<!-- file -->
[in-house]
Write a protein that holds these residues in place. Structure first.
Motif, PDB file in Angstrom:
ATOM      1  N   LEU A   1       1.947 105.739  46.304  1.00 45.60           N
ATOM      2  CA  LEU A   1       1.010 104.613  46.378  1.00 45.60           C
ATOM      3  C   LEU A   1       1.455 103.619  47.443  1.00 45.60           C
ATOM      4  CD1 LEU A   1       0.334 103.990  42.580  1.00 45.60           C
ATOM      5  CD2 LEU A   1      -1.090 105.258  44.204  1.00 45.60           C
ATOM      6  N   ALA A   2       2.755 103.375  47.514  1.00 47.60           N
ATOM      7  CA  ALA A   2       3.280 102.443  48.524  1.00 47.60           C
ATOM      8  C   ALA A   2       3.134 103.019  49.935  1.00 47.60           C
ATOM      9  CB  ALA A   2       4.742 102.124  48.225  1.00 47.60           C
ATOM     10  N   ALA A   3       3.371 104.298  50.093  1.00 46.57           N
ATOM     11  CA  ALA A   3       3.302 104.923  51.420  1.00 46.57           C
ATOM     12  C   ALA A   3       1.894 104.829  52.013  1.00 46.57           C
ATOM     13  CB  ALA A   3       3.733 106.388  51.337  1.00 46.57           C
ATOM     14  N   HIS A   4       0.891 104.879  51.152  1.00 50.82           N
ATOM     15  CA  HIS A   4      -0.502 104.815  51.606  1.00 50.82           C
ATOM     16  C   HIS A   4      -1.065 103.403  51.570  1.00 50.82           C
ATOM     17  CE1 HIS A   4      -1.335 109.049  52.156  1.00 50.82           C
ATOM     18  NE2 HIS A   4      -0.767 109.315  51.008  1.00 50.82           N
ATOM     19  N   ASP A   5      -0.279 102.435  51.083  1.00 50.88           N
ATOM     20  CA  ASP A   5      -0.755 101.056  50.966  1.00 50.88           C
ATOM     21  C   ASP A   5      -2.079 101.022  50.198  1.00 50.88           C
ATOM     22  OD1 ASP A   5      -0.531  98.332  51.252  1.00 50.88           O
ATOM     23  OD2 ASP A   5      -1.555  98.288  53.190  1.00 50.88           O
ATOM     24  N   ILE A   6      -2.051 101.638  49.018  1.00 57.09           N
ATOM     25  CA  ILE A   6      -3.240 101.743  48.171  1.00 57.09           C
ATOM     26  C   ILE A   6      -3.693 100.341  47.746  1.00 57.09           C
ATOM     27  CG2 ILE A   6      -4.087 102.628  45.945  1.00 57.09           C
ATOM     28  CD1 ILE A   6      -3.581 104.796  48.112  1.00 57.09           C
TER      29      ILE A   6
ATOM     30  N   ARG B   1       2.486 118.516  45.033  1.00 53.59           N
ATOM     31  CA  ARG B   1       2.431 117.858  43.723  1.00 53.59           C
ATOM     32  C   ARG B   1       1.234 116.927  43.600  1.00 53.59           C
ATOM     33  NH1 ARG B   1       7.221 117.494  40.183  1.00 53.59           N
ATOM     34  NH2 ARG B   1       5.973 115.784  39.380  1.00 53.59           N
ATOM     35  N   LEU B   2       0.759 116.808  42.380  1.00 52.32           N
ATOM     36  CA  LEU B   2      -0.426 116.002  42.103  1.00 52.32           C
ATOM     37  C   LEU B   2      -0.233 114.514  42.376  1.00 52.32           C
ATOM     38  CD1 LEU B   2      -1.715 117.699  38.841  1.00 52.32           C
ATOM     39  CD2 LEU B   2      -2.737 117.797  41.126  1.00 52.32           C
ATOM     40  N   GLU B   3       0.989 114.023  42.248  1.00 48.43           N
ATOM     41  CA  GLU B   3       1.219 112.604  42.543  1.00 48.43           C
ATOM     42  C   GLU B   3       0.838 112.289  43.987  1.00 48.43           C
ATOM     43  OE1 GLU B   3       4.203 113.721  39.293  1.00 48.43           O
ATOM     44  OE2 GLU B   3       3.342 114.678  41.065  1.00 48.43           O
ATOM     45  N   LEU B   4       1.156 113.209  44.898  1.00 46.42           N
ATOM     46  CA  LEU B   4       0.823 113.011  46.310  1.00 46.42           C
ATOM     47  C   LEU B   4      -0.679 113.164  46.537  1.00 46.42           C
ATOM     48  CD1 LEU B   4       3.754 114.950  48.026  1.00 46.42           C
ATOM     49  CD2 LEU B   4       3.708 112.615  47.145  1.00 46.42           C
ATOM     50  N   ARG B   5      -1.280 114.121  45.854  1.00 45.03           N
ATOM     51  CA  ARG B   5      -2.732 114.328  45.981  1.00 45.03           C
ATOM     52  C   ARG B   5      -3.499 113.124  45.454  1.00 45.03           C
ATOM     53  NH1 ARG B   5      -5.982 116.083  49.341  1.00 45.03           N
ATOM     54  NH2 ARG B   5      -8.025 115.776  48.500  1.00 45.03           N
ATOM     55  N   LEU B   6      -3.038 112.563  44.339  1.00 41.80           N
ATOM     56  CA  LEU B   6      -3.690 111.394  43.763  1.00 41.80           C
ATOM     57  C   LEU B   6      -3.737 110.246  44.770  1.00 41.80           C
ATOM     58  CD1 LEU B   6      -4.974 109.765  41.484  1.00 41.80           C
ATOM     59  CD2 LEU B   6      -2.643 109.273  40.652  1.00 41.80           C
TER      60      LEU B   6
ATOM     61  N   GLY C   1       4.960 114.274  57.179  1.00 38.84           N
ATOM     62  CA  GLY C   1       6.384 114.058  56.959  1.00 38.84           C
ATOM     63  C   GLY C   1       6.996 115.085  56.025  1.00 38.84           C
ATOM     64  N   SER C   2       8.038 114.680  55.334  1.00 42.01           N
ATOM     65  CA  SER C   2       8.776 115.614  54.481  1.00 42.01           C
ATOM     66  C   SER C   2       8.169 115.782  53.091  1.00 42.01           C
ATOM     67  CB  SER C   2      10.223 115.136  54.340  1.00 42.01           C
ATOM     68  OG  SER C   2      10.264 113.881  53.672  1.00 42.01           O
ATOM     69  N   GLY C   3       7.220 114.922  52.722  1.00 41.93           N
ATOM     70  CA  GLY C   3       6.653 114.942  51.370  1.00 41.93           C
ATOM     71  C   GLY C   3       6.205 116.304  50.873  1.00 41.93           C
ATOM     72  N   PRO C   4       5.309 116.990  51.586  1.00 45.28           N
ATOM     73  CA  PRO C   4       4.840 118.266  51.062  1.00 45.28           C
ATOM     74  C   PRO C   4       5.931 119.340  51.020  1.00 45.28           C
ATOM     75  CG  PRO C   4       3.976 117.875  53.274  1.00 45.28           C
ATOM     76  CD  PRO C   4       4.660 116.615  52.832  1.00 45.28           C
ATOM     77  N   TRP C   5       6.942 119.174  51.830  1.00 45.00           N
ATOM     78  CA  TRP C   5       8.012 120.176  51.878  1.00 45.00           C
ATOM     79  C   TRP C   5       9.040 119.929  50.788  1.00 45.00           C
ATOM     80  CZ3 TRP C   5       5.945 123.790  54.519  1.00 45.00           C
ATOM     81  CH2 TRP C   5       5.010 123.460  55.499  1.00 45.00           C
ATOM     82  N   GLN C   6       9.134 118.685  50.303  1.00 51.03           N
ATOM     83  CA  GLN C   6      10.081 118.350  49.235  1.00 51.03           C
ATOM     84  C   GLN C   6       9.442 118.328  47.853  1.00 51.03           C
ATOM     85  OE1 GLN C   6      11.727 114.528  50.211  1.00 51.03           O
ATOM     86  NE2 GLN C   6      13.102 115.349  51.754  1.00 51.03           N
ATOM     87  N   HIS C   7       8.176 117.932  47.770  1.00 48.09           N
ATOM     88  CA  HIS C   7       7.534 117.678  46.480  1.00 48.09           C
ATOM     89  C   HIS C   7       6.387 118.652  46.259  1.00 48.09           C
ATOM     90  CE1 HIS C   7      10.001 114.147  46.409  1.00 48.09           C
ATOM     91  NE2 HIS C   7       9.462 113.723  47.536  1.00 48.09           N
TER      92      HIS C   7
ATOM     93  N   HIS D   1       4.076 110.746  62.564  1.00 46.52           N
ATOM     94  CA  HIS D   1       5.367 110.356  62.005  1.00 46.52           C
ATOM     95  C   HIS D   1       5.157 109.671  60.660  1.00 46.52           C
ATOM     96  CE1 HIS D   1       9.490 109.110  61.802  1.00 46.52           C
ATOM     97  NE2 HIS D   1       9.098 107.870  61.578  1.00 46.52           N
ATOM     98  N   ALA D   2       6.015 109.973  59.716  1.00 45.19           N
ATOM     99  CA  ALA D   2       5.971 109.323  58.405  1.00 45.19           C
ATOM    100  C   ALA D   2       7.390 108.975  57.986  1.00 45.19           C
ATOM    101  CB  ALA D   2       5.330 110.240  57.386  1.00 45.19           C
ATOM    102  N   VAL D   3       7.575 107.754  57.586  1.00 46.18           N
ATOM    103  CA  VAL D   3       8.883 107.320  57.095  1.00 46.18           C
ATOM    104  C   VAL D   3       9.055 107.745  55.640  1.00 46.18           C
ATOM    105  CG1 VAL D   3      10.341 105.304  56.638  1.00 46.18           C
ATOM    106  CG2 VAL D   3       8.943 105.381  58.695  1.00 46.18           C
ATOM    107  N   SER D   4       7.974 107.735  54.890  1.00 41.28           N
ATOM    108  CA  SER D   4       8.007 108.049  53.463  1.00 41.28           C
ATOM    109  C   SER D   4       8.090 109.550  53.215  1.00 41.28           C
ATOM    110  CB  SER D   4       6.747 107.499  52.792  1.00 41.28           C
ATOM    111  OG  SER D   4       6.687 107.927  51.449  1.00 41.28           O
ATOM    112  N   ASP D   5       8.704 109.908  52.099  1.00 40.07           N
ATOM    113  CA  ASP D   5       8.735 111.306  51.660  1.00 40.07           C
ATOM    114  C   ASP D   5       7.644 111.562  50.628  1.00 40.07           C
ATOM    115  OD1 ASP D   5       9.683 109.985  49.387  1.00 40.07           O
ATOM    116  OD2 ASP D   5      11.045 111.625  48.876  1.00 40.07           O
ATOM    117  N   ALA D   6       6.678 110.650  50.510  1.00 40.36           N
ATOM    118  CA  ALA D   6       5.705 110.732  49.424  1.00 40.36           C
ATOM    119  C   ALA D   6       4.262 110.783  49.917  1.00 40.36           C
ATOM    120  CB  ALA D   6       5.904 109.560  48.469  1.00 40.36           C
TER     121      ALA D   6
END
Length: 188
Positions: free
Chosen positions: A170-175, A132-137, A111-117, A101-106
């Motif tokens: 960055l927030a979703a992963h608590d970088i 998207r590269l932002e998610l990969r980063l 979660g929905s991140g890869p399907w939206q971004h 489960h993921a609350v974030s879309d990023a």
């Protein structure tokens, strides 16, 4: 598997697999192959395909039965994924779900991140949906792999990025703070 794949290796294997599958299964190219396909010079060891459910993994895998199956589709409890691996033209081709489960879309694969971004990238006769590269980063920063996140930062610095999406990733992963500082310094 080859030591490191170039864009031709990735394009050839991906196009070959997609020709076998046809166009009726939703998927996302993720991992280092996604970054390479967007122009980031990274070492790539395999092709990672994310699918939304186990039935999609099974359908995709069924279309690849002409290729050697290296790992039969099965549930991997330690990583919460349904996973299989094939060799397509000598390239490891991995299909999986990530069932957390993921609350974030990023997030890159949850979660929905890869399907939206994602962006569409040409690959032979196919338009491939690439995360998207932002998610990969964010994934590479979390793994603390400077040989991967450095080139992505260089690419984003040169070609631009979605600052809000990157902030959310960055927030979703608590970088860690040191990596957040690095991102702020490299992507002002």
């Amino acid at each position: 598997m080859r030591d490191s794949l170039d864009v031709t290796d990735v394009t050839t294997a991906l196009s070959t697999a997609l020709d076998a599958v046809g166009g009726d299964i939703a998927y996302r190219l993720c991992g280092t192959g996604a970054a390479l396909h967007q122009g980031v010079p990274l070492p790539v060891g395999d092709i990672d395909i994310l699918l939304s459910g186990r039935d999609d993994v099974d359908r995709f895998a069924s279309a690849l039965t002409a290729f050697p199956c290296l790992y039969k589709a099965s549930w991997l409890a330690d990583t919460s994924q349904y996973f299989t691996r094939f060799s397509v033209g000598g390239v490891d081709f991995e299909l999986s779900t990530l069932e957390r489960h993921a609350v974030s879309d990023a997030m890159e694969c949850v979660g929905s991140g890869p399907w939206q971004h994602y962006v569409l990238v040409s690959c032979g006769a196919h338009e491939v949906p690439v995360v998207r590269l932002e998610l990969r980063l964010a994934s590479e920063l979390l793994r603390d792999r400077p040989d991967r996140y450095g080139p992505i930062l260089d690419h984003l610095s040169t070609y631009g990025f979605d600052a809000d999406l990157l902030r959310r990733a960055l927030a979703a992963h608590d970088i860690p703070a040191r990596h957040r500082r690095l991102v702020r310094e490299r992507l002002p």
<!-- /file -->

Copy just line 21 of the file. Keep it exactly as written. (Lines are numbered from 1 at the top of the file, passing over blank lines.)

ATOM     18  NE2 HIS A   4      -0.767 109.315  51.008  1.00 50.82           N